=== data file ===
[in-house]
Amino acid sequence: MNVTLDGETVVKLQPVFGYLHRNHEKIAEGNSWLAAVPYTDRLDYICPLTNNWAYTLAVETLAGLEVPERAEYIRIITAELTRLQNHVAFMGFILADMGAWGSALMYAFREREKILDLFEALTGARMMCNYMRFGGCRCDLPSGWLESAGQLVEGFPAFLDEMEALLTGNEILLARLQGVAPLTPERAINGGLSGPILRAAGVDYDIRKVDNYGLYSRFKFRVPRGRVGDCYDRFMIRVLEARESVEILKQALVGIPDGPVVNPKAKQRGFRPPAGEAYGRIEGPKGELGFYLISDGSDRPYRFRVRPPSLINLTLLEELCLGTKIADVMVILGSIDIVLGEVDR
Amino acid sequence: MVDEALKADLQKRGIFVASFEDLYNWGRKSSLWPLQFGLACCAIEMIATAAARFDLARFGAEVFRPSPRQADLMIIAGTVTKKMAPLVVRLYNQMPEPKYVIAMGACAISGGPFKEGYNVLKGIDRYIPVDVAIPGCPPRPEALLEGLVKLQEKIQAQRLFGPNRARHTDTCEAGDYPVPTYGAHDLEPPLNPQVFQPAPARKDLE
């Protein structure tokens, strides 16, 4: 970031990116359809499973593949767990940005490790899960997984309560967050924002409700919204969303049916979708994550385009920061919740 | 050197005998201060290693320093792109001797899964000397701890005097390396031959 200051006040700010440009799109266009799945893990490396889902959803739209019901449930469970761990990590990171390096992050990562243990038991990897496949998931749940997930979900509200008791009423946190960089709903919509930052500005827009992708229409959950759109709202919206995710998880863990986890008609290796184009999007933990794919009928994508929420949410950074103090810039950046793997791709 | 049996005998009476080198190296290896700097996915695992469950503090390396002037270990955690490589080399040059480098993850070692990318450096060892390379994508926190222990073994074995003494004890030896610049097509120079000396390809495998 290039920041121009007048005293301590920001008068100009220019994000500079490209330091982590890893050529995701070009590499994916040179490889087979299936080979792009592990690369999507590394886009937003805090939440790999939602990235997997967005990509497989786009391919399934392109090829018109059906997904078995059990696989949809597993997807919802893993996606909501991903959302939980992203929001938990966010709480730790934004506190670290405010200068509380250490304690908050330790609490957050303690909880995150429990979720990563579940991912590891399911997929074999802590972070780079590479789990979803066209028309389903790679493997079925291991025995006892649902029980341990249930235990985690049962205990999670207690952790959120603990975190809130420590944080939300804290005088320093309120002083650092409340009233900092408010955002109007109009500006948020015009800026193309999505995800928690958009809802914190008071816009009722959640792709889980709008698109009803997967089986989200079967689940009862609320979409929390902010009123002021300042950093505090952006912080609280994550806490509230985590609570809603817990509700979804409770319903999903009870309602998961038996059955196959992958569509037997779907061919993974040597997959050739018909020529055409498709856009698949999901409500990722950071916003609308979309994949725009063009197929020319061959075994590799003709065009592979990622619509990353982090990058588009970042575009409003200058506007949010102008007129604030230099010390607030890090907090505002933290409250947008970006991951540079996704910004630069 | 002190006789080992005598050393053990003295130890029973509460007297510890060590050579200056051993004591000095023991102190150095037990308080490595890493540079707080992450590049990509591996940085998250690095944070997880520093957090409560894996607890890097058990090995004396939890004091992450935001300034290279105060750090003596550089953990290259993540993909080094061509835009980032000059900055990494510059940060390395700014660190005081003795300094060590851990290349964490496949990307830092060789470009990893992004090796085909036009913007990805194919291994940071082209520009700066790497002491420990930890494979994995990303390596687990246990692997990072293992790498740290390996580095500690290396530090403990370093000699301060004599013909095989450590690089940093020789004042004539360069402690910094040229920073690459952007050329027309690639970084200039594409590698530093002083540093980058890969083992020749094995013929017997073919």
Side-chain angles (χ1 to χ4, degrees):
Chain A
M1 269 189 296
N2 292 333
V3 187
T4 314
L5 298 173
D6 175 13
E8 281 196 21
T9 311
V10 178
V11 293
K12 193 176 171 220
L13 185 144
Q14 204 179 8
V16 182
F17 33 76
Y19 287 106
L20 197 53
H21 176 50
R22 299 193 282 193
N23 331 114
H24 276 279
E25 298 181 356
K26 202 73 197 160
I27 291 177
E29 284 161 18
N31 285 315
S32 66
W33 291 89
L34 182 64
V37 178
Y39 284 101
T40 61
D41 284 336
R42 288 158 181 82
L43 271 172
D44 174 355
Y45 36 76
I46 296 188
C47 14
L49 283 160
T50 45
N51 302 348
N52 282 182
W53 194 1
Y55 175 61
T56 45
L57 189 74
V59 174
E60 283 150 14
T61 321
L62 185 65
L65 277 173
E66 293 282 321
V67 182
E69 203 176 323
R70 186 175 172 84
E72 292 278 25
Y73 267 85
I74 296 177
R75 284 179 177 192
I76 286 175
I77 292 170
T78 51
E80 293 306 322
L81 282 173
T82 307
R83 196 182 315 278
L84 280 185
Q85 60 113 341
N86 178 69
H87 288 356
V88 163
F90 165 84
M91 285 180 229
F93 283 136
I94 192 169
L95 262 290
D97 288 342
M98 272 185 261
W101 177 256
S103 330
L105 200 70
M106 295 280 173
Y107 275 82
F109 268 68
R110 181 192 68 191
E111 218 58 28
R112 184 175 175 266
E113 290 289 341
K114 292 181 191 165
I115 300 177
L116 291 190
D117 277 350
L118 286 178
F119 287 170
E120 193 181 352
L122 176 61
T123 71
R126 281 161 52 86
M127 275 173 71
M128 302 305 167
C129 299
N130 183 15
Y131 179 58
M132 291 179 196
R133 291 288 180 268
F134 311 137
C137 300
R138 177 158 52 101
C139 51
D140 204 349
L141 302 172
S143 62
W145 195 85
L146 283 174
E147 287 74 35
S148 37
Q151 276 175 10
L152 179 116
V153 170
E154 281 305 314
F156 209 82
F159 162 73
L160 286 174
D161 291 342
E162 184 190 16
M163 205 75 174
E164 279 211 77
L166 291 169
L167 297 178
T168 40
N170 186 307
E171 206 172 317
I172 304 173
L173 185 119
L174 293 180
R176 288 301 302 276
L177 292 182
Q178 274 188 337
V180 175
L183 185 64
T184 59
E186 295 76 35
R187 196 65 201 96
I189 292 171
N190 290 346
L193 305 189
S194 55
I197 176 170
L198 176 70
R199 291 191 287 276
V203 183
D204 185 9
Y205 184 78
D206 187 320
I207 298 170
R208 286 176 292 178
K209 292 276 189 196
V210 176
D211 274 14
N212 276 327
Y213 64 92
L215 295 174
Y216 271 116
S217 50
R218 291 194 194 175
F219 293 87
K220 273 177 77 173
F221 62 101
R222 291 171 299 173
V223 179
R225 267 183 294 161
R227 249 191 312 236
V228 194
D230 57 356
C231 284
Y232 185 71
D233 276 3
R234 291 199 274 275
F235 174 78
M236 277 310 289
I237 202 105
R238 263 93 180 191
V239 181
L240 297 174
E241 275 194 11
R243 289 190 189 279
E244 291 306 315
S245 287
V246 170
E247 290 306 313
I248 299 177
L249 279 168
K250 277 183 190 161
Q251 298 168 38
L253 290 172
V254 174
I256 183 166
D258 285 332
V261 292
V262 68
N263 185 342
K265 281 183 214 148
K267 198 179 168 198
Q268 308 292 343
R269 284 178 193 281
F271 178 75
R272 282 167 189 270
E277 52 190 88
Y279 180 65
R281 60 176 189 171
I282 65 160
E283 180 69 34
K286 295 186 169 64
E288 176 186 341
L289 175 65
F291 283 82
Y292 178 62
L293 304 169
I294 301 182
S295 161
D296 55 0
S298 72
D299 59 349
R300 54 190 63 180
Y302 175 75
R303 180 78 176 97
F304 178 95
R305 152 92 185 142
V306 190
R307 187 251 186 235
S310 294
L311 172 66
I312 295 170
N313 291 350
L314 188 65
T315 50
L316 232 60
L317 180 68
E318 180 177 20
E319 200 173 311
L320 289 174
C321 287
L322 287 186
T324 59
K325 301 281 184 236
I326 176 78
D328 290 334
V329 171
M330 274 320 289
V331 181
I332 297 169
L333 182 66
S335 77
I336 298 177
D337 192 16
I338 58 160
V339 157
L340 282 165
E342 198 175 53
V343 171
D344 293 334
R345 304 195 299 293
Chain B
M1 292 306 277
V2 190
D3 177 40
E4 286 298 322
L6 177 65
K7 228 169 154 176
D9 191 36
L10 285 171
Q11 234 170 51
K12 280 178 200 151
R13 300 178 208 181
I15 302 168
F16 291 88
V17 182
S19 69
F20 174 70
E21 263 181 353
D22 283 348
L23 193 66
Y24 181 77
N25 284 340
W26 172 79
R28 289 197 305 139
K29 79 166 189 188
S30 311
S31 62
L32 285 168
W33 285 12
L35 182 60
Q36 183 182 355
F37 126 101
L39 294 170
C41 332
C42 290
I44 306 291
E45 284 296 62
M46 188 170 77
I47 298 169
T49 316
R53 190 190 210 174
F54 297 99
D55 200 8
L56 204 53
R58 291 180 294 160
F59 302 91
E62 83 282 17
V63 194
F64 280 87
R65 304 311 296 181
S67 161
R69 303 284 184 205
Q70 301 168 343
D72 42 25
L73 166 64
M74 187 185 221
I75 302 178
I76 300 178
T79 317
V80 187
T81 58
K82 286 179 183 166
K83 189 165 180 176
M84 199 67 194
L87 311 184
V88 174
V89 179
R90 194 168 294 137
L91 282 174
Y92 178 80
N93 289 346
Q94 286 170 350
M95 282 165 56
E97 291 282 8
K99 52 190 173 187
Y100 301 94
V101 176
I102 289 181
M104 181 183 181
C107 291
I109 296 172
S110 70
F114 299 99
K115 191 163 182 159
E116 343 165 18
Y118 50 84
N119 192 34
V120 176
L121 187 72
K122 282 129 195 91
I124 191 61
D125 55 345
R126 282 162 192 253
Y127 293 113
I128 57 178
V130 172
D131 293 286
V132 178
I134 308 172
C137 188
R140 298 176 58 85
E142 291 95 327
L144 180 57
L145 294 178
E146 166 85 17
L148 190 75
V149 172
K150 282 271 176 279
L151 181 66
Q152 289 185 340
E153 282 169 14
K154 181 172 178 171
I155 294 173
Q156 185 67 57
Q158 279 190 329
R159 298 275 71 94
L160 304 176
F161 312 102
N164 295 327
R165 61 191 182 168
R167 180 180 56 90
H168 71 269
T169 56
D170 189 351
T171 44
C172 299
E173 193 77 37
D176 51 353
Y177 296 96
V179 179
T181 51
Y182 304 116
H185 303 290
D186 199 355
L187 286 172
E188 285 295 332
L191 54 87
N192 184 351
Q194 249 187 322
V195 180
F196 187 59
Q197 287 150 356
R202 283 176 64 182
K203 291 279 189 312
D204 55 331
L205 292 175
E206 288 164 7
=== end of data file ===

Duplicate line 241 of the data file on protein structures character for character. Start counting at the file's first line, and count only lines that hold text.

N313 291 350